Your Guide To Schema-based, Multi-Tenant Systems and PostgreSQL Implementation
The most common use case for multi-tenant systems is SaaS-based applications, which use different levels of data isolation depending on the domain of the application.
Let’s say, you have a product that you want to provide to several organisations, so that their users can login to the platform and use the service.
The simplest solution would be to copy your codebase for each organisation and deploy them separately. It seems intuitive but hard to maintain as there is an overhead of managing multiple servers.
Whenever your dev team needs to add a new feature, there needs to be a series of deployments to be followed. With a multi-tenant architecture, this problem could easily be addressed resulting in a consistent codebase as now the team has to maintain only a single codebase. In line with our example, the tenants could be the organisations using our product.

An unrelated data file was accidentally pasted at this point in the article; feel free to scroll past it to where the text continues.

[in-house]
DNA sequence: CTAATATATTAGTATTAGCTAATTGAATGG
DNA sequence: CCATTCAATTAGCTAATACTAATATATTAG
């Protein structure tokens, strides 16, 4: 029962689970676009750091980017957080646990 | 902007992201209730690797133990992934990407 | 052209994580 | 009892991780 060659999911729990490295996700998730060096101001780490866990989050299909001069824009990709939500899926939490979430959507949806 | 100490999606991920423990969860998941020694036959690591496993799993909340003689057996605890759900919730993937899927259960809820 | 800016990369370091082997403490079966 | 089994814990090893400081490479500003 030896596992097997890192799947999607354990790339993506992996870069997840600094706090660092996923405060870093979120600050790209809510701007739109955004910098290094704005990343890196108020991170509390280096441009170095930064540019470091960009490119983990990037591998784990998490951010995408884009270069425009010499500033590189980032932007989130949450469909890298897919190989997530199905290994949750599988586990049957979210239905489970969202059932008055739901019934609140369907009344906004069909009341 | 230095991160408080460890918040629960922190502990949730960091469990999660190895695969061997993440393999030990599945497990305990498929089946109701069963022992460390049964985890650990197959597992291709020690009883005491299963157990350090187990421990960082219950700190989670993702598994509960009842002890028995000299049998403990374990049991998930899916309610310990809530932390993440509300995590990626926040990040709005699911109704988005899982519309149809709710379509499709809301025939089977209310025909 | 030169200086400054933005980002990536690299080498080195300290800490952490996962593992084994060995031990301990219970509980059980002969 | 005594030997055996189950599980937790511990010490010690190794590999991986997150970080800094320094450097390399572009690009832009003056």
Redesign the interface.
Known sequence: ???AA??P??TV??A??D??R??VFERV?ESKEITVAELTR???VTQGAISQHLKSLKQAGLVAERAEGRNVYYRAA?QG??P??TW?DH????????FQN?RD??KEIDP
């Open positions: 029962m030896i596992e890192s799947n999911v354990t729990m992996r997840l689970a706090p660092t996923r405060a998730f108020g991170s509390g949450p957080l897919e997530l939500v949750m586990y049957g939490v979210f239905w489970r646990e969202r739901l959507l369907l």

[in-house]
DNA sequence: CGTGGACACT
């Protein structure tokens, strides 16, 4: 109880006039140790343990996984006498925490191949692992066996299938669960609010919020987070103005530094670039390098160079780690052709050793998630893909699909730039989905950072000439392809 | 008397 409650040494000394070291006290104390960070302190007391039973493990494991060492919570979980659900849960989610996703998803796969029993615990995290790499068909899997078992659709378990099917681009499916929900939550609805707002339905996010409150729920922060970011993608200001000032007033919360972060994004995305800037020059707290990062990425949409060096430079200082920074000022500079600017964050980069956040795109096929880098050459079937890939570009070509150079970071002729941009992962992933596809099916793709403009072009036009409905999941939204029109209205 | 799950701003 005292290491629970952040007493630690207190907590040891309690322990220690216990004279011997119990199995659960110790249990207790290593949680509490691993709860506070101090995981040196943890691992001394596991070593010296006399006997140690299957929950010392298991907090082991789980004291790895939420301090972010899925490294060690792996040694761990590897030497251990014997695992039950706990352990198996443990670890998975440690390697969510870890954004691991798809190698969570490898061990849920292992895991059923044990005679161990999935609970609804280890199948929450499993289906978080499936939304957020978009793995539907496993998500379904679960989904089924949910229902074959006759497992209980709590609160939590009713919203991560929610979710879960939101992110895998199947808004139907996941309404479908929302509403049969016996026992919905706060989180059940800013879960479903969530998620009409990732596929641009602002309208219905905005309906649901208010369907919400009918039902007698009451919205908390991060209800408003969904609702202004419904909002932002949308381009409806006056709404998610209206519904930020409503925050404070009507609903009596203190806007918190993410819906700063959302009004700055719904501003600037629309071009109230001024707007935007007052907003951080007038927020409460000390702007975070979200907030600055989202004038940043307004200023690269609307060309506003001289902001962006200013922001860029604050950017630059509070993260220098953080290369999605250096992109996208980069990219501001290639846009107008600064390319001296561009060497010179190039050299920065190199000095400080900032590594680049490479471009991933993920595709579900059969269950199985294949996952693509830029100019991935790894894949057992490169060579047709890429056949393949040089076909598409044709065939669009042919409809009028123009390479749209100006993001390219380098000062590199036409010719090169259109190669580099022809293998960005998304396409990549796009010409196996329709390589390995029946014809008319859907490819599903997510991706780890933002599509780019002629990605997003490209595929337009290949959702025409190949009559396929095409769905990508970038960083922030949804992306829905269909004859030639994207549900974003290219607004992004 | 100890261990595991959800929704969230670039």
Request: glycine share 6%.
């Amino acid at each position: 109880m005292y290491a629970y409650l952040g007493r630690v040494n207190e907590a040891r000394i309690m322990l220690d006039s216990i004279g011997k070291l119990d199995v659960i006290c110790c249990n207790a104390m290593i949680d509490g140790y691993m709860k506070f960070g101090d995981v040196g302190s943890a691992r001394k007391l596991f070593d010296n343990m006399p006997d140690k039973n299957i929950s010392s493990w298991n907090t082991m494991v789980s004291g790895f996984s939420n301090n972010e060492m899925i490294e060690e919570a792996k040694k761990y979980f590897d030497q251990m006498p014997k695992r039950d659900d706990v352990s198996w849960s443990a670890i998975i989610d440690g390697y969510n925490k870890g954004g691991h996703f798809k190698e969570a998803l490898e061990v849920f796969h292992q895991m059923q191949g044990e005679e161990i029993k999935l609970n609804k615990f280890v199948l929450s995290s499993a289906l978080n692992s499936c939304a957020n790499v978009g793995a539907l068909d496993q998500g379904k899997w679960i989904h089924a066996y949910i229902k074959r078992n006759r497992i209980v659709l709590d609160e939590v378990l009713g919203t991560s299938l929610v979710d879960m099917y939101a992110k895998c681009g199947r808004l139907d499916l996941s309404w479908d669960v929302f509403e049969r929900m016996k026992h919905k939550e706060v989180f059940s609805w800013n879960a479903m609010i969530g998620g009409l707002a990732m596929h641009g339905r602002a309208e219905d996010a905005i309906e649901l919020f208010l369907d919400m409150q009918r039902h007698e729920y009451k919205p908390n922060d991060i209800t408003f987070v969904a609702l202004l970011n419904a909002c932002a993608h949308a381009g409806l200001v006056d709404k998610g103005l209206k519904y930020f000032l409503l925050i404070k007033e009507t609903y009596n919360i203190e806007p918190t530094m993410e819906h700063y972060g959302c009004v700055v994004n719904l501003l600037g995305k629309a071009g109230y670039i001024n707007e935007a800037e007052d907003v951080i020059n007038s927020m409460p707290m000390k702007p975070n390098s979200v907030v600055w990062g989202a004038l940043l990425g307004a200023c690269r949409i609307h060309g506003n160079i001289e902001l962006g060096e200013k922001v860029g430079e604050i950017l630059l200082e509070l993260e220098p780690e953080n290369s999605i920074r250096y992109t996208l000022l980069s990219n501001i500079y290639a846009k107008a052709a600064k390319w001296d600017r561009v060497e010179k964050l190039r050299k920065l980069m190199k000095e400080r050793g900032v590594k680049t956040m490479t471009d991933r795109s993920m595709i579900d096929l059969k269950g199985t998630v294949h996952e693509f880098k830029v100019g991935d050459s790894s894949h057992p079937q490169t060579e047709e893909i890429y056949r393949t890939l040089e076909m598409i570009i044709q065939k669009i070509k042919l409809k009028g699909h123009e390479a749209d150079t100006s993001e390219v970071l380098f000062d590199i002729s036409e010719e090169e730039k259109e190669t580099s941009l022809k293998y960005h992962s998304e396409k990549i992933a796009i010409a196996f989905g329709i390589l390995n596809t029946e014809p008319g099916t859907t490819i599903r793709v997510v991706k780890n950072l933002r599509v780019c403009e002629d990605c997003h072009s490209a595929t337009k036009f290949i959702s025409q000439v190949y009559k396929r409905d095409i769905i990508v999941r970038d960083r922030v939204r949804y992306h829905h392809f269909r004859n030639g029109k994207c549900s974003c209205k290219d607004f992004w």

There are several architectures that could be followed to achieve multi-tenancy at the database layer including:
- Separate database per tenant
- Separate schema per tenant
- Shared schema for tenantsThere are tons of articles available over the internet to help to understand the concept of multi-tenancy. Here we are going to talk about one specific type of multi-tenancy i.e. Schema-based Multi-Tenancy and how exactly PostgreSQL implements it.
In this type of multi-tenancy, we create multiple schemas in the same database to provide data isolation to the tenants. At runtime, depending on the criteria to resolve the tenant, requests are redirected to the specific schema. There could be a number of ways to do it for example unique subdomains etc.